A fat cat chart—monitor your feline’s weight with Untamed!
Cats may look cuddly if they are a little on the plump side, but being overweight is not the healthiest way to live.
The weight gain in adult cats doesn’t happen overnight. You may only notice that your feline has put on too much poundage when the excess weight leads to a secondary problem or illness. In such cases, drastic action is required to help your kitty return to a healthy weight.
To keep your feline fit, you should check their weight regularly and adjust their diet accordingly.
An easy way to keep tabs on weight is to make a fat cat chart—Untamed explains how to do it efficiently!
“So what if I look like a sheep? They are cooool!”
Why are cats fat?
Cats are designed to be hunters, and their natural daily routine consists of:
- Energy expenditure through hunting
- Energy intake from eating prey
- Regaining energy through rest
A feline’s diet in the wild comprises birds, rodents, and lizards, none of which provide much nutrition in one go. A wild cat will hunt up to twenty times a day to get enough nutrients. Consequently, wild cats seldom struggle with weight problems. Domestic felines often eat large amounts of food once or twice a day, without feeling the need to move as their cat parents provide the meals.
Factor into this that many commercial cat foods are full of carbohydrates, and gaining weight is almost inevitable for indoor kitties.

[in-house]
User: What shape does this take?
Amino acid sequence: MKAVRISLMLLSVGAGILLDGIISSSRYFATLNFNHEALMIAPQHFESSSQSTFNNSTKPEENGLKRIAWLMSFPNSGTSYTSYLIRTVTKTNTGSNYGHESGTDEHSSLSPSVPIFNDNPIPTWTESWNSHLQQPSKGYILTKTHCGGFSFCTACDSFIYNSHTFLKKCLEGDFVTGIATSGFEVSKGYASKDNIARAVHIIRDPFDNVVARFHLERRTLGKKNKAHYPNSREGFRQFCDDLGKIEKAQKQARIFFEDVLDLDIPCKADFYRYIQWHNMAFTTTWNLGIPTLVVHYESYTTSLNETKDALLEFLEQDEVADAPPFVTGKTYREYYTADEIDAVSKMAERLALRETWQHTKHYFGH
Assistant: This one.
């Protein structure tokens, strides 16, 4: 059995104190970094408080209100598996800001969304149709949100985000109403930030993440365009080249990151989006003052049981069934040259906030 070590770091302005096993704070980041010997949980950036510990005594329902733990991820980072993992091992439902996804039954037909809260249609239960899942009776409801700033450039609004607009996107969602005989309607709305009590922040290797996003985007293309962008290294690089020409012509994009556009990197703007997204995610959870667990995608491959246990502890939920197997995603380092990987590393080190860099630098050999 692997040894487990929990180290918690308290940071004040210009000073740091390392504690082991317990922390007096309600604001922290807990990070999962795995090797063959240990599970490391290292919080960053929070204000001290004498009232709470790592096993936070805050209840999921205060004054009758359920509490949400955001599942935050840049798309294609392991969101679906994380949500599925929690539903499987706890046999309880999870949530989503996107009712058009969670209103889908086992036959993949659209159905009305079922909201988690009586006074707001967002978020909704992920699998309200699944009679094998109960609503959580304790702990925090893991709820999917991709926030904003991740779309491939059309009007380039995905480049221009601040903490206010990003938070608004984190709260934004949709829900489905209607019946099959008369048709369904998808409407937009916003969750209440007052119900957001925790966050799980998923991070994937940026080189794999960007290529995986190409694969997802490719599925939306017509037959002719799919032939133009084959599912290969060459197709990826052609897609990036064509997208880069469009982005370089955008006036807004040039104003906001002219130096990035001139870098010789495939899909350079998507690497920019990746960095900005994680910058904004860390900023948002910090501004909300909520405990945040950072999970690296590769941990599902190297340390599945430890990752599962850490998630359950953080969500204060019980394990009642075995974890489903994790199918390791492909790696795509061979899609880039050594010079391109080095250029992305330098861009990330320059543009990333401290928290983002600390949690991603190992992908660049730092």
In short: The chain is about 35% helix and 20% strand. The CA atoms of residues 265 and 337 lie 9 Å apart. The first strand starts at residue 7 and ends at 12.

Carbs come in three forms:
- Simple carbs, such as sugar
- Medium-chain carbs, known as starches
- Complex carbs, or fibre
As obligate carnivores, cats have not evolved to metabolise large volumes of sugar or starch. While some fibre may have a beneficial effect on your cat’s digestion, most carbs deliver fast-burn calories that:
- Provide short-term energy
- Put pressure on the pancreas to control blood sugar levels
- Are stored as fat if the energy is not burned quickly
Any food with too many calories is likely to:
- Cause lethargy immediately after eating as your cat’s body struggles to manage blood-sugar levels
- Lead to weight gain
What is a healthy weight for a cat?
A healthy weight for domestic cats depends on their size, but the basic rule of thumb is that an average adult feline should weigh around 4.5 kilograms.